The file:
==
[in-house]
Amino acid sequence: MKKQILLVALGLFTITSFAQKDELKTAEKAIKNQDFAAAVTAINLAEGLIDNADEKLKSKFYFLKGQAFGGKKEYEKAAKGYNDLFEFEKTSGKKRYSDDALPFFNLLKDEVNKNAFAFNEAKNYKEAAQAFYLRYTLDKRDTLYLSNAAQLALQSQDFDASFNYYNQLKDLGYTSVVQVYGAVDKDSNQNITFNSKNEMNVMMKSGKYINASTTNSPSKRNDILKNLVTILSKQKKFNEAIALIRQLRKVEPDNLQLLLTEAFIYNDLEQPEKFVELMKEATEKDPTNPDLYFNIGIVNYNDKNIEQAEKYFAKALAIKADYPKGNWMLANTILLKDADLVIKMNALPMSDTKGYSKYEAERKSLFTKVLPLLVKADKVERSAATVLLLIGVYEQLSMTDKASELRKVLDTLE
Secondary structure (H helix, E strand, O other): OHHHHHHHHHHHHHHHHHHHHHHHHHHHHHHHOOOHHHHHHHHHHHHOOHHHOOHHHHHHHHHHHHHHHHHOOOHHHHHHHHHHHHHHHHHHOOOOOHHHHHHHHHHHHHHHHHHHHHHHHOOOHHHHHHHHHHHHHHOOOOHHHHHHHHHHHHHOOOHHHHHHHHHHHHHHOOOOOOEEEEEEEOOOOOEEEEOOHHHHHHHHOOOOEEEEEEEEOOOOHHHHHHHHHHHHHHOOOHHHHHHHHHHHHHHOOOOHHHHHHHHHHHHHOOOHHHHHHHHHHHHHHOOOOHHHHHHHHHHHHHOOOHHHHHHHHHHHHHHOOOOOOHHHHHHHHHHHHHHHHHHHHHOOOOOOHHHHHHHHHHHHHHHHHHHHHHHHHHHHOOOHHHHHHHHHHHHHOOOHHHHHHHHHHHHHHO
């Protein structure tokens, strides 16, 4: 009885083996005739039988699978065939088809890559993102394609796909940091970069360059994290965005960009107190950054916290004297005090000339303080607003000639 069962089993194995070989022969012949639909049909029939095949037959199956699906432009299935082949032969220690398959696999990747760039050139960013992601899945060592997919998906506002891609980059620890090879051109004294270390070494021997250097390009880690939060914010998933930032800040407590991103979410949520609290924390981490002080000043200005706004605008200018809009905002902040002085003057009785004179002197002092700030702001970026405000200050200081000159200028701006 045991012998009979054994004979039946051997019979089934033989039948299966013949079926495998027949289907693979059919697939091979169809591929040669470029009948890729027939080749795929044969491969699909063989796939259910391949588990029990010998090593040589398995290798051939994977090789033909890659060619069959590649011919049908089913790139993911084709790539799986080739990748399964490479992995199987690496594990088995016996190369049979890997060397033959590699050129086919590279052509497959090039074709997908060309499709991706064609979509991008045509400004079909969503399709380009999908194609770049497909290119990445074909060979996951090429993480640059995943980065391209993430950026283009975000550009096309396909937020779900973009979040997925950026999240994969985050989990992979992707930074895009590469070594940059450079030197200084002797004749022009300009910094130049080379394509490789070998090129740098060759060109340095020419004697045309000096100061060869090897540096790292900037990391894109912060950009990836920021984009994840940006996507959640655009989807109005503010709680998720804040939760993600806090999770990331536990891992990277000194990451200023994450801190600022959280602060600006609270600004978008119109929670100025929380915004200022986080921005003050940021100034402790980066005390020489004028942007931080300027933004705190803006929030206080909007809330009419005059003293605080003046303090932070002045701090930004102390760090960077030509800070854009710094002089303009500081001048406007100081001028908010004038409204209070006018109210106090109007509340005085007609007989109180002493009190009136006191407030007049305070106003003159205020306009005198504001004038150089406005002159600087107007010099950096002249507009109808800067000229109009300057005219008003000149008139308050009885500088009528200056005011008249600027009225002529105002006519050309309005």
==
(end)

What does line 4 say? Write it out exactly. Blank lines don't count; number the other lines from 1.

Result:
């Protein structure tokens, strides 16, 4: 009885083996005739039988699978065939088809890559993102394609796909940091970069360059994290965005960009107190950054916290004297005090000339303080607003000639 069962089993194995070989022969012949639909049909029939095949037959199956699906432009299935082949032969220690398959696999990747760039050139960013992601899945060592997919998906506002891609980059620890090879051109004294270390070494021997250097390009880690939060914010998933930032800040407590991103979410949520609290924390981490002080000043200005706004605008200018809009905002902040002085003057009785004179002197002092700030702001970026405000200050200081000159200028701006 045991012998009979054994004979039946051997019979089934033989039948299966013949079926495998027949289907693979059919697939091979169809591929040669470029009948890729027939080749795929044969491969699909063989796939259910391949588990029990010998090593040589398995290798051939994977090789033909890659060619069959590649011919049908089913790139993911084709790539799986080739990748399964490479992995199987690496594990088995016996190369049979890997060397033959590699050129086919590279052509497959090039074709997908060309499709991706064609979509991008045509400004079909969503399709380009999908194609770049497909290119990445074909060979996951090429993480640059995943980065391209993430950026283009975000550009096309396909937020779900973009979040997925950026999240994969985050989990992979992707930074895009590469070594940059450079030197200084002797004749022009300009910094130049080379394509490789070998090129740098060759060109340095020419004697045309000096100061060869090897540096790292900037990391894109912060950009990836920021984009994840940006996507959640655009989807109005503010709680998720804040939760993600806090999770990331536990891992990277000194990451200023994450801190600022959280602060600006609270600004978008119109929670100025929380915004200022986080921005003050940021100034402790980066005390020489004028942007931080300027933004705190803006929030206080909007809330009419005059003293605080003046303090932070002045701090930004102390760090960077030509800070854009710094002089303009500081001048406007100081001028908010004038409204209070006018109210106090109007509340005085007609007989109180002493009190009136006191407030007049305070106003003159205020306009005198504001004038150089406005002159600087107007010099950096002249507009109808800067000229109009300057005219008003000149008139308050009885500088009528200056005011008249600027009225002529105002006519050309309005």